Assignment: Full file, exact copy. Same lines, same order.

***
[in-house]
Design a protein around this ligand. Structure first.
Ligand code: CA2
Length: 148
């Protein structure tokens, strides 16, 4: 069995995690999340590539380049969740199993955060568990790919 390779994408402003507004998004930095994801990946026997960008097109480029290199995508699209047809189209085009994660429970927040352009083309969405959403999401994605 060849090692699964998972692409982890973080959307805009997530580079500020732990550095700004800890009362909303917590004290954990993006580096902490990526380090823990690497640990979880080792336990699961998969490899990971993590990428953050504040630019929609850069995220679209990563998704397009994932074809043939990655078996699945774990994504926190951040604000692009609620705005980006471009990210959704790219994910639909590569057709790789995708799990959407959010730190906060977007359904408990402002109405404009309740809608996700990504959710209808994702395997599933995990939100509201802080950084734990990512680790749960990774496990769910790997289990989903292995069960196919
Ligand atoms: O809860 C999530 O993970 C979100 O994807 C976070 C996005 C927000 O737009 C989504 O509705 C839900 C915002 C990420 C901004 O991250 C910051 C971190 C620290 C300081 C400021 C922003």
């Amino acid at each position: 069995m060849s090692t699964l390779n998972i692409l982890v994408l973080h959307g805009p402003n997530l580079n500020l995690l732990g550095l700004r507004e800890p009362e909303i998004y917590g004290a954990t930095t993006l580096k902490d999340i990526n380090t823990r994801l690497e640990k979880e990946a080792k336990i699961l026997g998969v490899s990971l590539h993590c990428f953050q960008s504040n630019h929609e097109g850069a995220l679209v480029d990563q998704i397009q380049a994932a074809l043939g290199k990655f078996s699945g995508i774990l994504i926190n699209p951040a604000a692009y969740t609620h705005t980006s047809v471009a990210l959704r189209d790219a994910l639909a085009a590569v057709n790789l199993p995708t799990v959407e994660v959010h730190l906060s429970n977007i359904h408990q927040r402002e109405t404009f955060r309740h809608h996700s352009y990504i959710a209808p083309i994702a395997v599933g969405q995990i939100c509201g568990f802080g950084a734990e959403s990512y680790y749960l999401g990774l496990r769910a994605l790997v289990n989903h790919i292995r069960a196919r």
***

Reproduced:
[in-house]
Design a protein around this ligand. Structure first.
Ligand code: CA2
Length: 148
């Protein structure tokens, strides 16, 4: 069995995690999340590539380049969740199993955060568990790919 390779994408402003507004998004930095994801990946026997960008097109480029290199995508699209047809189209085009994660429970927040352009083309969405959403999401994605 060849090692699964998972692409982890973080959307805009997530580079500020732990550095700004800890009362909303917590004290954990993006580096902490990526380090823990690497640990979880080792336990699961998969490899990971993590990428953050504040630019929609850069995220679209990563998704397009994932074809043939990655078996699945774990994504926190951040604000692009609620705005980006471009990210959704790219994910639909590569057709790789995708799990959407959010730190906060977007359904408990402002109405404009309740809608996700990504959710209808994702395997599933995990939100509201802080950084734990990512680790749960990774496990769910790997289990989903292995069960196919
Ligand atoms: O809860 C999530 O993970 C979100 O994807 C976070 C996005 C927000 O737009 C989504 O509705 C839900 C915002 C990420 C901004 O991250 C910051 C971190 C620290 C300081 C400021 C922003």
């Amino acid at each position: 069995m060849s090692t699964l390779n998972i692409l982890v994408l973080h959307g805009p402003n997530l580079n500020l995690l732990g550095l700004r507004e800890p009362e909303i998004y917590g004290a954990t930095t993006l580096k902490d999340i990526n380090t823990r994801l690497e640990k979880e990946a080792k336990i699961l026997g998969v490899s990971l590539h993590c990428f953050q960008s504040n630019h929609e097109g850069a995220l679209v480029d990563q998704i397009q380049a994932a074809l043939g290199k990655f078996s699945g995508i774990l994504i926190n699209p951040a604000a692009y969740t609620h705005t980006s047809v471009a990210l959704r189209d790219a994910l639909a085009a590569v057709n790789l199993p995708t799990v959407e994660v959010h730190l906060s429970n977007i359904h408990q927040r402002e109405t404009f955060r309740h809608h996700s352009y990504i959710a209808p083309i994702a395997v599933g969405q995990i939100c509201g568990f802080g950084a734990e959403s990512y680790y749960l999401g990774l496990r769910a994605l790997v289990n989903h790919i292995r069960a196919r």